A Long Way Down

July 26, 2016


A Long Way Down is an interesting plot, centered around the serendipitous juncture of the suicidal on the most miserable day of the year, New Year’s Eve. It seems fitting that the beginning of a new cycle of life gravitates the suicidal, those who want to escape that cycle, toward self-murder. The voice over by the shamed and defamed Martin leads us to the rooftop and his justification for running away from life: it uncontrollably became difficult for him to bear.


This is to mention that having to live a life of obscurity became overbearing. It was not that he suffered inextricably similar to the harshest suffering in the world, say in a North Korean POW camp. It was then a lack of perspective that his life is good after all which led him to create the story in the first place with three other suffering souls. All of them necessarily do not find any meaning in the suffering, which makes their life not worth living.


This is understandable in the age of the Last Man, where he cannot make sense and therefore meaning out of his life. Hence his aversion to pain, as he unconscientiously is avoiding having to confront whether his life is worth possessing at all. This is clearly an inferior morality, as he prefers not to confront reality and he has the luxury to do so.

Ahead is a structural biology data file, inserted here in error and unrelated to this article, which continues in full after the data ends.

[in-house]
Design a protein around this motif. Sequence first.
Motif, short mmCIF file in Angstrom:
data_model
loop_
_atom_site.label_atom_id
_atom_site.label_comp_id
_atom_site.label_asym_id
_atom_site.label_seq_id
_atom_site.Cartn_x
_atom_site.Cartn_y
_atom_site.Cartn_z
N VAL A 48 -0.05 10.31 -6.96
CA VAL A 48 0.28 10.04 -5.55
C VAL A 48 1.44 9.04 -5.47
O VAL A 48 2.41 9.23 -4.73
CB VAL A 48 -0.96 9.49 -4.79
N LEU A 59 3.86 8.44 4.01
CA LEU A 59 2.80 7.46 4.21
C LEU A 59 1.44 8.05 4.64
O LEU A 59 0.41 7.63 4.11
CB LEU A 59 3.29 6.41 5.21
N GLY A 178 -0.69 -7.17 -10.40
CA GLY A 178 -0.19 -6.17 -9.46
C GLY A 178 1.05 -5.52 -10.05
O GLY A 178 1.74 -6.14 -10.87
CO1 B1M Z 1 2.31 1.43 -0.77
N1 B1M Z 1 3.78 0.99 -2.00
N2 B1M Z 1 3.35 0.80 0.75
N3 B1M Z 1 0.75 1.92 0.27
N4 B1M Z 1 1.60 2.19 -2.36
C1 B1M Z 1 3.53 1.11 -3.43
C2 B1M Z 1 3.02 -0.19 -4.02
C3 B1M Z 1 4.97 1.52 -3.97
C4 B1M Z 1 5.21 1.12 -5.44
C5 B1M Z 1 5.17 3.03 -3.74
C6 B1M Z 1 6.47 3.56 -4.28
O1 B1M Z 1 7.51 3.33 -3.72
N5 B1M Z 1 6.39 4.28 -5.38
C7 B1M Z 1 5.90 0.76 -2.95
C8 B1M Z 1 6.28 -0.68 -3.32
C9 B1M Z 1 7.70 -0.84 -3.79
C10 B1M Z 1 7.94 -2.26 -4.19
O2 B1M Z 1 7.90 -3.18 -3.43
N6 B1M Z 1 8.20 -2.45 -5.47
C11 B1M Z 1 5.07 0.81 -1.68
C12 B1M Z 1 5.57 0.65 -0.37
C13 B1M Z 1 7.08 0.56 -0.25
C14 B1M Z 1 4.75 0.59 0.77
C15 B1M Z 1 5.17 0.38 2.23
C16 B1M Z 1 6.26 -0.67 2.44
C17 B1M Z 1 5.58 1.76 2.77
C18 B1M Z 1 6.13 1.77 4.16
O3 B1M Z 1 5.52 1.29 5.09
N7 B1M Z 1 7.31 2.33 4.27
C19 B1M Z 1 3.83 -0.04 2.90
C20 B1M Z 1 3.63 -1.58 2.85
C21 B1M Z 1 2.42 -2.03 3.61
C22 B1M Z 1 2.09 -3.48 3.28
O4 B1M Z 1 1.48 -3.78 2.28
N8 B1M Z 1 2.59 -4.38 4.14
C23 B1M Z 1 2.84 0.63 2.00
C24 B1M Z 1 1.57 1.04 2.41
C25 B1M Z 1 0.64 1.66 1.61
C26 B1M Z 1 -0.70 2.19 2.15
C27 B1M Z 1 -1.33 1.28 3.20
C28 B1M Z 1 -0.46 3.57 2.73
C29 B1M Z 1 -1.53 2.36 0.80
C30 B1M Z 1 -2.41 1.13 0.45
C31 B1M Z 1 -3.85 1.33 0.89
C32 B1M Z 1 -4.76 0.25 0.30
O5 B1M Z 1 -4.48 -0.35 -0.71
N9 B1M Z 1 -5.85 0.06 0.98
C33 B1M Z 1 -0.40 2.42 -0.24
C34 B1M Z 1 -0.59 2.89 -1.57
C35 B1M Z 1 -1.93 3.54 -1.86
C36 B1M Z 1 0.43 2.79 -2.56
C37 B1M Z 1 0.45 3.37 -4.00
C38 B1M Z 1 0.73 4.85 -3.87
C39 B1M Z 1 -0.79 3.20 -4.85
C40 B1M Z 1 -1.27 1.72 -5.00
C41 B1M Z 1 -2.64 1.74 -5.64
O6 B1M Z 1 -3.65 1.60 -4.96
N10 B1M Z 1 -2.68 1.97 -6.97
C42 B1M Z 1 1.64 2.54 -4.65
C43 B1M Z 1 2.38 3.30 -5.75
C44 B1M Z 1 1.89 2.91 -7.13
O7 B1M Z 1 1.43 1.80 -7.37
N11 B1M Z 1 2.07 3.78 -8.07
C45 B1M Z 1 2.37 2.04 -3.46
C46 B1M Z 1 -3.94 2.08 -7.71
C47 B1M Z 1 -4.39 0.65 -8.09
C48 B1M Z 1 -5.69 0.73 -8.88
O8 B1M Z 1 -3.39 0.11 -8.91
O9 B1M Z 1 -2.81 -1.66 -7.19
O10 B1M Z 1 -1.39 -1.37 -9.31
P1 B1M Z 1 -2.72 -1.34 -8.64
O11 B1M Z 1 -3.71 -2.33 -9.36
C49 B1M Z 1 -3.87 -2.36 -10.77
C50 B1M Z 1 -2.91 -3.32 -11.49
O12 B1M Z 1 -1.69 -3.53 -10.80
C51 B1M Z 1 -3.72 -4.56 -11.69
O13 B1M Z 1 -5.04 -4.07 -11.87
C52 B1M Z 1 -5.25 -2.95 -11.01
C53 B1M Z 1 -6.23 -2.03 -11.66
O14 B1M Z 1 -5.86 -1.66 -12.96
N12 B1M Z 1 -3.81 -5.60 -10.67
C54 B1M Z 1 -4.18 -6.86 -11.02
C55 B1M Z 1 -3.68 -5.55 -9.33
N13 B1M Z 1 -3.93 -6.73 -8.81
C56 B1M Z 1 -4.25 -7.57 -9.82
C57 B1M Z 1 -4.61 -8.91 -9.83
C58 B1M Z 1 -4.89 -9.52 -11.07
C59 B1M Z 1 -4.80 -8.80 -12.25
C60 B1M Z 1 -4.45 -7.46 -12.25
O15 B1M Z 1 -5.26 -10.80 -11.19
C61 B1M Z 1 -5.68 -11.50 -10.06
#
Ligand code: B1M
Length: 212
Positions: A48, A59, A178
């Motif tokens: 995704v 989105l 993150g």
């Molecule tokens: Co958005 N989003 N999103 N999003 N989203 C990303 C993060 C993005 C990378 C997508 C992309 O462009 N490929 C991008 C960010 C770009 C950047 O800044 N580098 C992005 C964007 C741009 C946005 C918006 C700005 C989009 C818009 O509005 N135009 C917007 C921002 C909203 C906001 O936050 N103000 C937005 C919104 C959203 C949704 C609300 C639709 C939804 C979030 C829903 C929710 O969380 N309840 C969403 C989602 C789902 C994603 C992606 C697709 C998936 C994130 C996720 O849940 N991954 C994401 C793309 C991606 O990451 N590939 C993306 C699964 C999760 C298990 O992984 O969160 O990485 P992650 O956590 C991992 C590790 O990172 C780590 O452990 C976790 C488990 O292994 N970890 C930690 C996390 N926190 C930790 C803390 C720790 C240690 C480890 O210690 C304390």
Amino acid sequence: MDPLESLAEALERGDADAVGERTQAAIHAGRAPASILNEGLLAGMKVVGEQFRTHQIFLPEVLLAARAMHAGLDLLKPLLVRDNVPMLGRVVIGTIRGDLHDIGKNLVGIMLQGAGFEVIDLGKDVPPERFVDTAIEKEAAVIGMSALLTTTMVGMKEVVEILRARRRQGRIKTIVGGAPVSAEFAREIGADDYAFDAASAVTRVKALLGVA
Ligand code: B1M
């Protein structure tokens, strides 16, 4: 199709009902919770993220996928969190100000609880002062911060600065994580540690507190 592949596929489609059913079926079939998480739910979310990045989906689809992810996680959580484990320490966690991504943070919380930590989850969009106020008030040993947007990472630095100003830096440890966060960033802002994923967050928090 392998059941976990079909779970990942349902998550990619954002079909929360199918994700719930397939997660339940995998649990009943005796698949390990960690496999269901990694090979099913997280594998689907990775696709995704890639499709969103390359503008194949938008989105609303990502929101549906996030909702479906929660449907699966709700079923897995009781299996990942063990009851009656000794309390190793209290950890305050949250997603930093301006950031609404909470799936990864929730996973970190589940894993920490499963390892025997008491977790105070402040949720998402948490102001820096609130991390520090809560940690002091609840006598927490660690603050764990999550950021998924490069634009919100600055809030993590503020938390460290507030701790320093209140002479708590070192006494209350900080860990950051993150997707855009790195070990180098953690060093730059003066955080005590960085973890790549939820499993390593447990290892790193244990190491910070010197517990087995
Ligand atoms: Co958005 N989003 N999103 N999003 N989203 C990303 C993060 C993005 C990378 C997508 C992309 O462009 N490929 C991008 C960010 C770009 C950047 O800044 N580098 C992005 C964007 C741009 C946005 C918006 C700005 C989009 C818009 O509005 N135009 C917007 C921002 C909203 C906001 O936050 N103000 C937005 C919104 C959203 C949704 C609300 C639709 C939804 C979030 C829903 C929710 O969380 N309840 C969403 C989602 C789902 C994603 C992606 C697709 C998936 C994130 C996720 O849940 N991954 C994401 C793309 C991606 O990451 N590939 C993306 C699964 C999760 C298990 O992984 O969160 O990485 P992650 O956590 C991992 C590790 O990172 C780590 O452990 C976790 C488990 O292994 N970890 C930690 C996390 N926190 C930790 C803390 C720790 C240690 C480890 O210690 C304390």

Each of these persons would be dead if they did not intrude on their self-imposed death sentences. And what keeps them alive temporarily is a pact amongst them to stay alive at least for a few more months. In the interim, we see the same possession of lifelessness that they had before – it is a simple wallowing that is mistaken as breathing. But inevitably, they do find their lives meaningful in each particular way. And this is because they were able to find other souls who had similar experiences. Or, souls who could value what they were and had been enduring. They were validated by others which gave them a reason to live, which is a reason to give.


Technically, this film was trying to be too common to reach very sharp and sophisticated dramatic points. The meditation above could have been amplified and resonated powerfully, to the point that the film itself could be used as a psycho therapeutic for the suicidal, so they can receive the message that it is possible for them to be meaningful to the world. Unfortunately, the film bends too much toward the comedic for the masses, which are looking for an escape versus a confrontation with truth.


Grade: C+



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